Myanmar borders India, Bangladesh, China, Laos and Thailand. Although it’s a rough neighborhood for human rights, it’s ideal for drug trafficking and Myanmar’s military regime sits atop the seedy pyramid of crime and human rights abuse. The country could aptly be characterized as the Columbia of Southeast Asia...maybe worse.
In World war II, the Burmese had the unique distinction of fighting first with the Japanese to defeat the British, then allying with the British to defeat the Japanese and being granted independence by both Japan and Britain. Since independence Burma, now called Myanmar, has endured a series of ethnic insurgencies, a blood civil war and even a brief taste of democracy.
During the 19th Century, Burma fought three wars against Britain before being annexed to the British viceroyalty of India. An anti-colonial movement and popular rebellions were underway immediately prior to World War II and the militant Burmese Independence Army (BIA) aided the Japanese invaders and capturing the capital in 1942. Japan granted independence to Burma in 1943. As Japan’s influence weakened the Burmese Independence Army declared war on Japan in 1945, earning British support. Burma was granted independence from Great Britain in 1948.
As was often the case with British colonial devolution, the Burmese were ill prepared for self-rule, especially faced with ethnic rebellion, Chinese Kuomintang insurgents, drug lords, communists and internal power struggles. In 1962 General Ne Win overthrew the elected government, seized power and instituted “Burmese Socialism” that over the next 26 years impoverished what had once been a thriving economy.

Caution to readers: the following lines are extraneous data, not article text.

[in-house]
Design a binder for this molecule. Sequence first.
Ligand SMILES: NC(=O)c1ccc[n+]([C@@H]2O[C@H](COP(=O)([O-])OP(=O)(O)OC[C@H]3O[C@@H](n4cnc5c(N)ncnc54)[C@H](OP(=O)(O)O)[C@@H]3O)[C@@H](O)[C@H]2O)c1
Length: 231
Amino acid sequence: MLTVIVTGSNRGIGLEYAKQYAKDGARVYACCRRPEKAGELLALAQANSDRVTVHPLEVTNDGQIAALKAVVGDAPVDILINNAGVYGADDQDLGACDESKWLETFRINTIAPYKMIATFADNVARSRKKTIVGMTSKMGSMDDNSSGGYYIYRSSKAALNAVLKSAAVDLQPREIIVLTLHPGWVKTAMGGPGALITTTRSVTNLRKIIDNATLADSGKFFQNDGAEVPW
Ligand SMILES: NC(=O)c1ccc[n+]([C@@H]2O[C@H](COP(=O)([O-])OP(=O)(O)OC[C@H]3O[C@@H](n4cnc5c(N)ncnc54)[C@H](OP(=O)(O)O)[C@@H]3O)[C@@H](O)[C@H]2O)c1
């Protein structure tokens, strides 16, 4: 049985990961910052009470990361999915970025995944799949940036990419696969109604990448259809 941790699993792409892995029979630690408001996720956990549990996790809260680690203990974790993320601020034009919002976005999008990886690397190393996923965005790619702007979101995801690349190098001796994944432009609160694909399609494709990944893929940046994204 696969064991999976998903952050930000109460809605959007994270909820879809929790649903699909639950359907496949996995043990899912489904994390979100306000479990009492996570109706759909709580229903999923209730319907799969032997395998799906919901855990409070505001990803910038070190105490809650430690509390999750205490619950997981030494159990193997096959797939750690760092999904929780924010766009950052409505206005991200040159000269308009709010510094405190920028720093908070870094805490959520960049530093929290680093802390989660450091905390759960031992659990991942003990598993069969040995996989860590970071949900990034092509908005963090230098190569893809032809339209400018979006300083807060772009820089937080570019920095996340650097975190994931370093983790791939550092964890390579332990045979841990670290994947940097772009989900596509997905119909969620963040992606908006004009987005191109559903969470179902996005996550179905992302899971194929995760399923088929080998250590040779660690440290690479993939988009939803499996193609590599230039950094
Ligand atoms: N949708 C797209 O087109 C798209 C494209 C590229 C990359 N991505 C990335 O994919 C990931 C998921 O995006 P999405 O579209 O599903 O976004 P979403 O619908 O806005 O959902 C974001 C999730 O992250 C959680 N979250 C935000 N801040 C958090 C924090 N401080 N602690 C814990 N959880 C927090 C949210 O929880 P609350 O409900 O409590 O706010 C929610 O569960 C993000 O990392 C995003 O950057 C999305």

Ne Win was removed in 1987 by the ruling Burmese Socialist Program Party (BSPP) congress. During pro-democracy demonstrations, government forces killed as many as 3000 demonstrators. Burma adopted the name Myanmar and the State Law and Order Restoration Council (SLORC) was established to rule the country until multi-party elections could be held. In 1990 elections were held and when the opposition National League for Democracy (NLD) won a convincing victory the elections were nullified and opposition parties banned and party members arrested. In 1991, Aung San Suu Kyi, the leader of the NLD was awarded the Nobel Peace Prize after being imprisoned, though she was not released until 1995. The SLORC military junta has retained power since 1990.
SLORC has ruled with an iron hand quashing all forms of dissent and trampling on human rights, while allegedly cooperating with drug traffickers. To fend off numerous ethnic minority movements, the military has co-opted opponents, allowing them to retain their weapons and share in the lucrative heroin trade. In 1997, SLORC became the State Peace and Development Council and has institutes cosmetic changes hoping to gain support for the removal of international sanctions but has continued its policies of repression, arrest, torture and disappearances.
Human rights organizations have reported gross violations by the government of human rights, including modern forms of slavery, prostitution and imprisonment of journalists. The Karen National Union, the largest of the remaining rebel groups, but is hopelessly out-matched and lacks adequate external support. Despite Myanmar’s rampant horrors and the imposition of economic sanctions, the international community has not list of terrorist states or programs to deal with such inhuman situations.